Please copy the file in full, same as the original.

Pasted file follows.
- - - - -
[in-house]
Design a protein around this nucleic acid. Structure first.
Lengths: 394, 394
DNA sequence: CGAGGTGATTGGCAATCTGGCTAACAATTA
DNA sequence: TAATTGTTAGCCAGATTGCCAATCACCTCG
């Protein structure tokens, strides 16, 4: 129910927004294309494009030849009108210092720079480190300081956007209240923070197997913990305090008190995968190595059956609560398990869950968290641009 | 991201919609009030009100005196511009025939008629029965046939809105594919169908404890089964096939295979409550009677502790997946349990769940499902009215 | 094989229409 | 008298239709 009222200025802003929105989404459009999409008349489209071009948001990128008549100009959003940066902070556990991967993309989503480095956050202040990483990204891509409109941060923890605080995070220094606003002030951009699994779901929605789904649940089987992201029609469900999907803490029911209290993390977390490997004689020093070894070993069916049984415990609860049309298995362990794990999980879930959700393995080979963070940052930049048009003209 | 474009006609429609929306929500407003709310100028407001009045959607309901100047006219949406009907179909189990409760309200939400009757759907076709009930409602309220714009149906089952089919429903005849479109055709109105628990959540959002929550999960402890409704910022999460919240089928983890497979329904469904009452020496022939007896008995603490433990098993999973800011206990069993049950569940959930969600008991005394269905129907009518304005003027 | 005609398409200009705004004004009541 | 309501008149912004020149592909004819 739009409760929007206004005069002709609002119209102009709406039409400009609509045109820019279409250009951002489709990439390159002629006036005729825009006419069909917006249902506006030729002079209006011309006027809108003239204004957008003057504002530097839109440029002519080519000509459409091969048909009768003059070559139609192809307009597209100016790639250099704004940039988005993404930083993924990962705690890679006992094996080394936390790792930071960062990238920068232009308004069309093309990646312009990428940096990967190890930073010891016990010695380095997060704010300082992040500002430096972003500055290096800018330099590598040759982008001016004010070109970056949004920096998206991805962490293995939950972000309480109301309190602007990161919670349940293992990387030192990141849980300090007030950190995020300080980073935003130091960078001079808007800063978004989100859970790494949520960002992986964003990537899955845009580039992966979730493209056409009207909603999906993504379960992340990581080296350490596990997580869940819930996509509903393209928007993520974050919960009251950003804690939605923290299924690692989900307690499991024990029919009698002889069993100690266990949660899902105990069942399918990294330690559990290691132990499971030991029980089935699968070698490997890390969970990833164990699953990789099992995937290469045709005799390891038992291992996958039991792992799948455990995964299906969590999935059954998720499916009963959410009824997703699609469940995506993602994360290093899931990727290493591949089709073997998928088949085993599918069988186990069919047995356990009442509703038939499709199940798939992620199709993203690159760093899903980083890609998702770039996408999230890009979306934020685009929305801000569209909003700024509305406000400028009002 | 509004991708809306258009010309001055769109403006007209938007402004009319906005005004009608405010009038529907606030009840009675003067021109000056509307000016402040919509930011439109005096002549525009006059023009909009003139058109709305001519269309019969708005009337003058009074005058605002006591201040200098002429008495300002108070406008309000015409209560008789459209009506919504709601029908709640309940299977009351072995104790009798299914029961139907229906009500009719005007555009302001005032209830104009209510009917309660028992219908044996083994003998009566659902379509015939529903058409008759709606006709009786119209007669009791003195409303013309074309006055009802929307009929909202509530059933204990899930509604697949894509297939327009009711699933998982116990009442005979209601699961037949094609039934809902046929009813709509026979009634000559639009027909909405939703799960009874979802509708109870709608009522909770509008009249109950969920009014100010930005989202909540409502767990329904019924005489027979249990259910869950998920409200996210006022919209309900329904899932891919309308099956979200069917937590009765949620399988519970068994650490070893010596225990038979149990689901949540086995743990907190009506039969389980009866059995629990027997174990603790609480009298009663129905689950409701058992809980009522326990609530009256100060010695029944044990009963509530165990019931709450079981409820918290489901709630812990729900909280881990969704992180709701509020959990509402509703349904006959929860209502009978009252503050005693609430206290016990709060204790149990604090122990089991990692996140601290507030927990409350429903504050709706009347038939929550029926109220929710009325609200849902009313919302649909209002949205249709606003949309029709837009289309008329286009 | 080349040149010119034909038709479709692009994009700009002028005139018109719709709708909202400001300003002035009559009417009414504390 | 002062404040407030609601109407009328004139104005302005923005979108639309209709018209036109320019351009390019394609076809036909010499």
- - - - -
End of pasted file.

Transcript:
[in-house]
Design a protein around this nucleic acid. Structure first.
Lengths: 394, 394
DNA sequence: CGAGGTGATTGGCAATCTGGCTAACAATTA
DNA sequence: TAATTGTTAGCCAGATTGCCAATCACCTCG
């Protein structure tokens, strides 16, 4: 129910927004294309494009030849009108210092720079480190300081956007209240923070197997913990305090008190995968190595059956609560398990869950968290641009 | 991201919609009030009100005196511009025939008629029965046939809105594919169908404890089964096939295979409550009677502790997946349990769940499902009215 | 094989229409 | 008298239709 009222200025802003929105989404459009999409008349489209071009948001990128008549100009959003940066902070556990991967993309989503480095956050202040990483990204891509409109941060923890605080995070220094606003002030951009699994779901929605789904649940089987992201029609469900999907803490029911209290993390977390490997004689020093070894070993069916049984415990609860049309298995362990794990999980879930959700393995080979963070940052930049048009003209 | 474009006609429609929306929500407003709310100028407001009045959607309901100047006219949406009907179909189990409760309200939400009757759907076709009930409602309220714009149906089952089919429903005849479109055709109105628990959540959002929550999960402890409704910022999460919240089928983890497979329904469904009452020496022939007896008995603490433990098993999973800011206990069993049950569940959930969600008991005394269905129907009518304005003027 | 005609398409200009705004004004009541 | 309501008149912004020149592909004819 739009409760929007206004005069002709609002119209102009709406039409400009609509045109820019279409250009951002489709990439390159002629006036005729825009006419069909917006249902506006030729002079209006011309006027809108003239204004957008003057504002530097839109440029002519080519000509459409091969048909009768003059070559139609192809307009597209100016790639250099704004940039988005993404930083993924990962705690890679006992094996080394936390790792930071960062990238920068232009308004069309093309990646312009990428940096990967190890930073010891016990010695380095997060704010300082992040500002430096972003500055290096800018330099590598040759982008001016004010070109970056949004920096998206991805962490293995939950972000309480109301309190602007990161919670349940293992990387030192990141849980300090007030950190995020300080980073935003130091960078001079808007800063978004989100859970790494949520960002992986964003990537899955845009580039992966979730493209056409009207909603999906993504379960992340990581080296350490596990997580869940819930996509509903393209928007993520974050919960009251950003804690939605923290299924690692989900307690499991024990029919009698002889069993100690266990949660899902105990069942399918990294330690559990290691132990499971030991029980089935699968070698490997890390969970990833164990699953990789099992995937290469045709005799390891038992291992996958039991792992799948455990995964299906969590999935059954998720499916009963959410009824997703699609469940995506993602994360290093899931990727290493591949089709073997998928088949085993599918069988186990069919047995356990009442509703038939499709199940798939992620199709993203690159760093899903980083890609998702770039996408999230890009979306934020685009929305801000569209909003700024509305406000400028009002 | 509004991708809306258009010309001055769109403006007209938007402004009319906005005004009608405010009038529907606030009840009675003067021109000056509307000016402040919509930011439109005096002549525009006059023009909009003139058109709305001519269309019969708005009337003058009074005058605002006591201040200098002429008495300002108070406008309000015409209560008789459209009506919504709601029908709640309940299977009351072995104790009798299914029961139907229906009500009719005007555009302001005032209830104009209510009917309660028992219908044996083994003998009566659902379509015939529903058409008759709606006709009786119209007669009791003195409303013309074309006055009802929307009929909202509530059933204990899930509604697949894509297939327009009711699933998982116990009442005979209601699961037949094609039934809902046929009813709509026979009634000559639009027909909405939703799960009874979802509708109870709608009522909770509008009249109950969920009014100010930005989202909540409502767990329904019924005489027979249990259910869950998920409200996210006022919209309900329904899932891919309308099956979200069917937590009765949620399988519970068994650490070893010596225990038979149990689901949540086995743990907190009506039969389980009866059995629990027997174990603790609480009298009663129905689950409701058992809980009522326990609530009256100060010695029944044990009963509530165990019931709450079981409820918290489901709630812990729900909280881990969704992180709701509020959990509402509703349904006959929860209502009978009252503050005693609430206290016990709060204790149990604090122990089991990692996140601290507030927990409350429903504050709706009347038939929550029926109220929710009325609200849902009313919302649909209002949205249709606003949309029709837009289309008329286009 | 080349040149010119034909038709479709692009994009700009002028005139018109719709709708909202400001300003002035009559009417009414504390 | 002062404040407030609601109407009328004139104005302005923005979108639309209709018209036109320019351009390019394609076809036909010499």